Rising number of patients waiting for routine treatment from Wigan's hospitals

Tens of thousands of patients were waiting for routine treatment at Wigan’s hospitals in August, figures show.
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NHS England figures show 55,547 patients were waiting for non-urgent elective operations or treatment at Wrightington, Wigan and Leigh Teaching Hospitals NHS Foundation Trust (WWL) at the end of August – up from 54,909 in July, and 44,125 in August 2022.

Of those, 4,162 (seven per cent) had been waiting for longer than a year.

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Tens of thousands of patients were waiting for routine treatment in Wigan in AugustTens of thousands of patients were waiting for routine treatment in Wigan in August
Tens of thousands of patients were waiting for routine treatment in Wigan in August
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The median waiting time from referral at an NHS trust to treatment at WWL was 18 weeks at the end of August – the same as in July.

Nationally, 7.7 million people were waiting to start treatment at the end of August.

The Nuffield Trust said it was alarmed by the most figures, with chief executive Thea Stein cautioning progress on cutting waiting times had "stagnated".

"Bringing down record waiting times is a central pledge of both main political parties but achieving this task still looks a long way off. It’s an unavoidable truth that whoever takes power at the next election will need to spend more on the NHS and healthcare," she added.

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Separate figures show 1.6 million patients in England were waiting for a key diagnostic test in August – the same as in July.

At WWL, 10,760 patients were waiting for one of 14 standard tests, such as an MRI scan, non-obstetric ultrasound or gastroscopy at this time. Of them, 3,496 (32 per cent) had been waiting for at least six weeks.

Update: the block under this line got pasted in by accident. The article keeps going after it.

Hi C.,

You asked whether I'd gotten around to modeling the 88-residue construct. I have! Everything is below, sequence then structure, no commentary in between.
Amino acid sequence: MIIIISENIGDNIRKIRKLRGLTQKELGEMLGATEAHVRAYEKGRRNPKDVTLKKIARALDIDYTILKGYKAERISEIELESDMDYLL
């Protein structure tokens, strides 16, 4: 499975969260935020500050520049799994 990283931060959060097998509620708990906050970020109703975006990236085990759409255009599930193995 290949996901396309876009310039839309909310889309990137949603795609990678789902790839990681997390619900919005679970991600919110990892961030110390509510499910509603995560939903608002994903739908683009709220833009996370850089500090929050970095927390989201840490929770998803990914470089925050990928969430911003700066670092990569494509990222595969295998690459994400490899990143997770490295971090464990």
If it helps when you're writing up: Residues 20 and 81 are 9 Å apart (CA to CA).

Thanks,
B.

Other figures from NHS England show that of 90 patients urgently referred by the NHS who were treated at WWL in August, 71 were receiving cancer treatment within two months of their referral. A month previously – when 82 patients were referred – 61 were treated within 62 days.

In August 2022, 57 patients were treated within this period, out of 81 that were referred.

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Tim Gardner, assistant director of policy at the Health Foundation, said: "Both major political parties have stressed their resolute commitment to the NHS in recent weeks. However, a national crisis over a decade in the making means that campaign slogans must be matched by concrete plans for improving care, retaining staff, and reforming our neglected social care system.”

Mary Fleming, deputy chief executive at WWL, said: “We understand that delays with appointments or surgery can be frustrating, and we are deeply grateful for the support, understanding and patience from those waiting to be treated.

“We acknowledge that there are still more patients on our waiting lists than we would like as a result of the Covid-19 pandemic and cancelled elective operations due to ongoing pressures, including the many rounds of industrial action.

“Despite this, we are making good progress against the national waiting time standard as part of our elective recovery programme, whilst also providing mutual aid for our partners in Greater Manchester, and our performance against national cancer standards are consistently improving.

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“We would like to reassure our patients, we are doing everything we can to ensure they are seen as soon as possible, with the most urgent cases being prioritised, and we thank you for your patience.

“However, if you have received a hospital appointment and your symptoms have worsened, we would advise you to go back to your GP or please contact the booking team.”